Things are often not where you expect them to be. Sure, the Louvre belongs in Paris, the Golden Gate in San Francisco. But should the largest not-for-profit contemporary-art and performing-arts space in the United States be in a sleepy former mill town tucked in the northwest corner of Massachusetts? Probably not. But it is – it being the Massachusetts Museum of Contemporary Art, nestled here in the winding Hoosic River Valley, where the treetops of the Berkshire Hills meet the Green Mountains of Vermont.
Two years ago, Denise Markonish, one of the two full-time curators at MASS MoCA, as the museum is commonly called, found herself in the office of her boss – the museum’s founding director, Joseph Thompson – talking about a group show she was preparing.
“Well, what’s it gonna be?” Thompson asked. “Fifteen artists? 20? What?”
“Probably 40,” Markonish replied.
That would be 40 Canadian artists.
And, it turns out, Markonish was being modest in her estimate. When the exhibition Oh, Canada finally bows this weekend, the public will be asked to navigate more than 120 works – all made within the last five years, 10 of them original commissions – by no fewer than 62 artists. Running through next April 1, with a full-colour 400-page catalogue due in July, the show is being billed as the biggest survey of contemporary Canadian art ever held in the United States, maybe even the world.
“There was just so much good stuff worthy of inclusion,” Markonish said last week in North Adams, as she and her staff hustled to finish installing the exhibition, which contains a judicious mix of artists old and young, familiar and not-so, from across the country. Among them: Michael Snow, David Hoffos, John Will, Annie Pootoogook, Kent Monkman, Shary Boyle, Rita McKeough, Kelly Mark and Marcel Dzama.
The works span almost every imaginable idiom. And size. Some of the spaces in MASS MoCA – which gets about 150,000 visitors annually – have ceilings higher than 10 metres.
Markonish, 36, comes by her Canadian enthusiasm honestly. Travelling with her parents from their New England home to Toronto as a 12-year-old, she was particularly struck by two of Snow’s public sculptures: Flight Stop, hung from the ceiling of the Eaton Centre; and The Fans, on the exterior walls of what is now the Rogers Centre. Ten years later, while visiting a private collector’s museum near Hamburg, Germany, she encountered the strange, intricate drawings of Winnipeg’s Dzama and, she says, “never forgot them. He became someone I wanted to work with.”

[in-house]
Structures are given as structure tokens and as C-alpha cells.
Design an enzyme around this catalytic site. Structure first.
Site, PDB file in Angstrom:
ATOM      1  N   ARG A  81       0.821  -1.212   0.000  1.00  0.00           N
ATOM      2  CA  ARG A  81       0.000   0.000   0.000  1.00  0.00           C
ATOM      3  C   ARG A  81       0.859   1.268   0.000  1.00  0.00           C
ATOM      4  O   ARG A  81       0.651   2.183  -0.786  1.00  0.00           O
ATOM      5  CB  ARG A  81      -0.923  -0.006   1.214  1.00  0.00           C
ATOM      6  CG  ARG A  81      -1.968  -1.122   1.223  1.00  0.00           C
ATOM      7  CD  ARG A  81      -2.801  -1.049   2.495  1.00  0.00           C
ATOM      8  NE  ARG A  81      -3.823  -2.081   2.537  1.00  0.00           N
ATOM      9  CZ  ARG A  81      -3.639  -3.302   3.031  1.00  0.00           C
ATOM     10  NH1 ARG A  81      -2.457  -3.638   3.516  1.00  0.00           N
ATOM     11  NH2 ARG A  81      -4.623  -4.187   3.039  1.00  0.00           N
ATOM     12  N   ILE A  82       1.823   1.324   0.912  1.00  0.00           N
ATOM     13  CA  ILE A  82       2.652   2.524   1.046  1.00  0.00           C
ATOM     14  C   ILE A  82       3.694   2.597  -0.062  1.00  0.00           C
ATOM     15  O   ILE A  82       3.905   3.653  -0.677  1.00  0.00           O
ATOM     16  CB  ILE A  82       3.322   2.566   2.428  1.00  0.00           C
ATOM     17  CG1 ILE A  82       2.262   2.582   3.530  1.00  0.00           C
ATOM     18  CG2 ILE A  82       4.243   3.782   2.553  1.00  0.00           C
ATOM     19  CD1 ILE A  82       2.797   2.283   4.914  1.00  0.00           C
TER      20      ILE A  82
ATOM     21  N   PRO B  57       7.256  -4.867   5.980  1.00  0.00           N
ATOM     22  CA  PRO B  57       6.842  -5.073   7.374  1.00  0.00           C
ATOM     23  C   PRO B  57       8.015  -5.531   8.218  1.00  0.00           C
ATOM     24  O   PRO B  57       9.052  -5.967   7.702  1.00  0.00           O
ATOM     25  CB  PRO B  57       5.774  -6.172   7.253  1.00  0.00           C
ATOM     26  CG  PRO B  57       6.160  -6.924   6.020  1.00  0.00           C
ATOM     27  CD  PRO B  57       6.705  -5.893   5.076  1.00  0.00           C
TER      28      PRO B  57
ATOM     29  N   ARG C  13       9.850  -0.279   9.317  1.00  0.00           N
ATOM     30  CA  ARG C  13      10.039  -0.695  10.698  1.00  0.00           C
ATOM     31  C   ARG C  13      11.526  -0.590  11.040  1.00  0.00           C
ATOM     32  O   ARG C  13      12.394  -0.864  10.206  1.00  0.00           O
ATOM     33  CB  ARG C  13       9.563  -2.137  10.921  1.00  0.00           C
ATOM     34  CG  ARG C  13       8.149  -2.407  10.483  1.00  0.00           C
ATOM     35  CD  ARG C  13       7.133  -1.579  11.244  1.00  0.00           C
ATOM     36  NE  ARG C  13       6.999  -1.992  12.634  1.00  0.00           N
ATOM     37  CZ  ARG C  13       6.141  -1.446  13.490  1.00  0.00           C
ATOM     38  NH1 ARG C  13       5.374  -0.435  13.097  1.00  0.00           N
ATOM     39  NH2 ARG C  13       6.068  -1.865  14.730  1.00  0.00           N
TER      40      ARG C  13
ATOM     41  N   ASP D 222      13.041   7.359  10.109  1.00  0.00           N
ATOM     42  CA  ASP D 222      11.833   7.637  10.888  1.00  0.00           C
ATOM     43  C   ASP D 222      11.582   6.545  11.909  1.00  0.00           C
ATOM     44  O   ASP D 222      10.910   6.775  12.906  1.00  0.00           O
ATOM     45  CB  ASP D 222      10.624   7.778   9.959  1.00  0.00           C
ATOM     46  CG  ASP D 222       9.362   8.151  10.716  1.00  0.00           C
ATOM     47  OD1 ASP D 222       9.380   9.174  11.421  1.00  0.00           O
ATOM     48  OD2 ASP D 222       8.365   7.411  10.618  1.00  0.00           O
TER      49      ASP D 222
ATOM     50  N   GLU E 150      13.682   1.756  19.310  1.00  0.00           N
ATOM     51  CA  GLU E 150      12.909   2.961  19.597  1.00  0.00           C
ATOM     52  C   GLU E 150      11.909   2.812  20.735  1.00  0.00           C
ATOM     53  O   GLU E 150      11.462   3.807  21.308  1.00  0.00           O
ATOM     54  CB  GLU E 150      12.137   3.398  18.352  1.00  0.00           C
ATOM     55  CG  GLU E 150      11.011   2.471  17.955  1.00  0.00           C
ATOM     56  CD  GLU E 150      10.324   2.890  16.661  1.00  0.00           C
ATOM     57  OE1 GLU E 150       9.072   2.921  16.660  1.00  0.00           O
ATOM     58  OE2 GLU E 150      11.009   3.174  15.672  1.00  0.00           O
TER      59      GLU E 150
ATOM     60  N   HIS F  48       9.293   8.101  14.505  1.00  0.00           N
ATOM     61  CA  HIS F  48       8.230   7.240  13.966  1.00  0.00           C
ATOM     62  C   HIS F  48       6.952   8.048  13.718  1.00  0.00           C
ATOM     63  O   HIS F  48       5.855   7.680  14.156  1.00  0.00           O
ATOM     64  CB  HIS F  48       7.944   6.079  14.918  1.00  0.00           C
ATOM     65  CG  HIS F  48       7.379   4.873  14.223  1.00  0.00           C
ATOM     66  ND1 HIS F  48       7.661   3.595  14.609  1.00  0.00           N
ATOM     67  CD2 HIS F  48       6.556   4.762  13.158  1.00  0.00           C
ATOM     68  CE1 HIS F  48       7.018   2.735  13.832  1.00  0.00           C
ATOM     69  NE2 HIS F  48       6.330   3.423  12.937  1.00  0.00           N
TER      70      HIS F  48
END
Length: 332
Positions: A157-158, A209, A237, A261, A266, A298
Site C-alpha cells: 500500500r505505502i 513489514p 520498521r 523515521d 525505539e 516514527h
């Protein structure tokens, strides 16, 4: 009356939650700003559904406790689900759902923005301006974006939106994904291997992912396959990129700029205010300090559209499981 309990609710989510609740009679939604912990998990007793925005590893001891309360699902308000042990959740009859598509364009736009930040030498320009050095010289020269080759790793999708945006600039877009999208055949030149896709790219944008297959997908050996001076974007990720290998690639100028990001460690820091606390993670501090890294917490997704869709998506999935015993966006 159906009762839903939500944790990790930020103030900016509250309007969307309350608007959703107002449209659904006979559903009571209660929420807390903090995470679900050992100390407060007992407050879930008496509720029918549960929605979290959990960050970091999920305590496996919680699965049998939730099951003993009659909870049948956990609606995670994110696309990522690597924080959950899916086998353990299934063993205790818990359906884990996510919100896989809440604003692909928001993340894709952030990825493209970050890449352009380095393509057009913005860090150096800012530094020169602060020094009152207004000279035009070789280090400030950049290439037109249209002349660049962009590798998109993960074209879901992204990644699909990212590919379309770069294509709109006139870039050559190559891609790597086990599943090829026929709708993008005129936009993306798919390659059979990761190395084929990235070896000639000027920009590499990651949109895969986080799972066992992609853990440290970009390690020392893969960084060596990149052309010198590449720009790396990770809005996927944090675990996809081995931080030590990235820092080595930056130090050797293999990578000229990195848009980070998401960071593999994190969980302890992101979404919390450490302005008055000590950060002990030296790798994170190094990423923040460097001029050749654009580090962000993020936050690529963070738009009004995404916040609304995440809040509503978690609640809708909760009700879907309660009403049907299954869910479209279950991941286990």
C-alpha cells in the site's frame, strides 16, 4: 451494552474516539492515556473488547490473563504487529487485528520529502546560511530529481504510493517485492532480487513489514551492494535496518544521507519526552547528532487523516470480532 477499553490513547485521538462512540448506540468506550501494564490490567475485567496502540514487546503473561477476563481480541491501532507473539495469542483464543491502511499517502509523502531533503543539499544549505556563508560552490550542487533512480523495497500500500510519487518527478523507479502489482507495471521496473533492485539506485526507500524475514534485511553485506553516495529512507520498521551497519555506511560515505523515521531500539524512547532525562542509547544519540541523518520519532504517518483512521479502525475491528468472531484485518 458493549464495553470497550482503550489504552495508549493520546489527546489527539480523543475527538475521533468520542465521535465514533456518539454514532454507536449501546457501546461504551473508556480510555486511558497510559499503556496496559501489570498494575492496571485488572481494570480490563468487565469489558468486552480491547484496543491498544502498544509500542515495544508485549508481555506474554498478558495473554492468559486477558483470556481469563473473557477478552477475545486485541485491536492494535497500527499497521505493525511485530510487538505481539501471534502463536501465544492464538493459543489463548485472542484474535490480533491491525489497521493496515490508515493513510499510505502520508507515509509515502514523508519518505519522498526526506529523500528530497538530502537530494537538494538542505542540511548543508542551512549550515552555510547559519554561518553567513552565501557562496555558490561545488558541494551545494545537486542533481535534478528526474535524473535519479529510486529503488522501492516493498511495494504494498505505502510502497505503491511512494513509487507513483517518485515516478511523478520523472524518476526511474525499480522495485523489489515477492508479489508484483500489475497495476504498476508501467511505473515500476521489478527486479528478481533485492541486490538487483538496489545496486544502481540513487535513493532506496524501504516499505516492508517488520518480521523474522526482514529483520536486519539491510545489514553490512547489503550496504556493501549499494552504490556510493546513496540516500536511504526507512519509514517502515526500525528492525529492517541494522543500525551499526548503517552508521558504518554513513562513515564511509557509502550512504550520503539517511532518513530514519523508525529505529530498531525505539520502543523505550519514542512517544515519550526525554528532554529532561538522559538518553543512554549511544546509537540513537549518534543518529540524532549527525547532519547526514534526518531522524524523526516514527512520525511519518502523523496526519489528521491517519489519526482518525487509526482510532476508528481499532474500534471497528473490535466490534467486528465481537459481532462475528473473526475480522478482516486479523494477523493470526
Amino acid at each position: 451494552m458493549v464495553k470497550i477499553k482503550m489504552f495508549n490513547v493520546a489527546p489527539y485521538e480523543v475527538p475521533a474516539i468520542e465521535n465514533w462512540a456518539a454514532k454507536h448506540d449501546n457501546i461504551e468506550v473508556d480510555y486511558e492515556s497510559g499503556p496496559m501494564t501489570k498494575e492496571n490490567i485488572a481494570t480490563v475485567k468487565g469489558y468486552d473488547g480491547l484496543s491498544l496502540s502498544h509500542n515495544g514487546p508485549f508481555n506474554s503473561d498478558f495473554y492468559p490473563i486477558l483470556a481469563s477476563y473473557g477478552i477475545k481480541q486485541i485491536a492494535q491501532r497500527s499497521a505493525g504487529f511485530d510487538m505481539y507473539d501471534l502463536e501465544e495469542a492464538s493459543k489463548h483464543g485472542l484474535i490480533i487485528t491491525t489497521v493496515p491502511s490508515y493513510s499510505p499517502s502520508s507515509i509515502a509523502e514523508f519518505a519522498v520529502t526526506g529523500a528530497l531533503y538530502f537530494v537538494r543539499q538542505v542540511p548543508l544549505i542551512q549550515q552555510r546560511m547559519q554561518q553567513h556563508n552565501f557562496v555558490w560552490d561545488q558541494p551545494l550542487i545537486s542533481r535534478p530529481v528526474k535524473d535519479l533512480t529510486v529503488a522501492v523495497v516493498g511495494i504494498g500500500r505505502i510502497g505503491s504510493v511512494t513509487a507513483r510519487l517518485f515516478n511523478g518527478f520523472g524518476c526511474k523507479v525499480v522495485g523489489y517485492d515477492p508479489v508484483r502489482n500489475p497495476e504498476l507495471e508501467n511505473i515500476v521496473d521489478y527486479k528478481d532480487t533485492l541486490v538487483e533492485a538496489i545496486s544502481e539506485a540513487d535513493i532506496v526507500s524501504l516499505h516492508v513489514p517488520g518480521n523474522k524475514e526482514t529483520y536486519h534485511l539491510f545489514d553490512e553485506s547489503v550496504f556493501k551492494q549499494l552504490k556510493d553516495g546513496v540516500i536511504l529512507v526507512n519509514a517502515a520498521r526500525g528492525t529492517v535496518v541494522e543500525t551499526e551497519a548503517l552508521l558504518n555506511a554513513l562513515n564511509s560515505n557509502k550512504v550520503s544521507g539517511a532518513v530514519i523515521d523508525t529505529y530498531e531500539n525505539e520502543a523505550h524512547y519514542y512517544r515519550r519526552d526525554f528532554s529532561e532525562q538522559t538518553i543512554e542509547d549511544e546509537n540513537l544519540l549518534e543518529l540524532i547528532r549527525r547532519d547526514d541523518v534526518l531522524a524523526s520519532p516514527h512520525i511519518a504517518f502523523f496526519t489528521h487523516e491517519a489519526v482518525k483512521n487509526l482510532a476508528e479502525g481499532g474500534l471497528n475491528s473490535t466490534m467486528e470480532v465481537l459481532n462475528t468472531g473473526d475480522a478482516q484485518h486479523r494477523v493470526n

In 2007, when Markonish, by then a graduate of New York State’s Bard College, was being interviewed for the MASS MoCA job, Thompson asked her what exhibition she thought the museum should do. Her reply: “A Canadian show.”
“Over the years, I’d notice there were these artists whose work was really great and who I learned were from Canada,” Markonish explains, as we discuss the exhibit in the foyer of MASS MoCA, which is carved out of five red-brick buildings in a former factory complex that, over a 125-year history, produced everything from Civil War uniforms to electrical systems for atomic bombs. “Yet I didn’t know more. And I wondered, ‘Why do I know more artists from China than I do from Canada?’ I realized the art world tends to pay attention, at least in recent years, to one biennial after another in exotic locations … but why wasn’t anyone just looking north?”
Shortly after earning the MASS MoCA curatorship, Markonish began to contact artists, artist-run centres, curators and postsecondary fine-arts departments in Canada to ask who should be on her radar. By mid-2008, she had a list of some 800 names. That October, she flew to Vancouver and Winnipeg for the first of what would become more than 400 studio visits spanning three years. The only places not visited in what she calls her “grand tour”: Labrador, Nunavut and the Northwest Territories.
“I went with no preconceived ideas at all,” she asserts, “no ‘I want to see this kind of work, that kind of work.’ Whatever exhibition was going to result, I wanted it to be very organic, to come out of what was holding me.”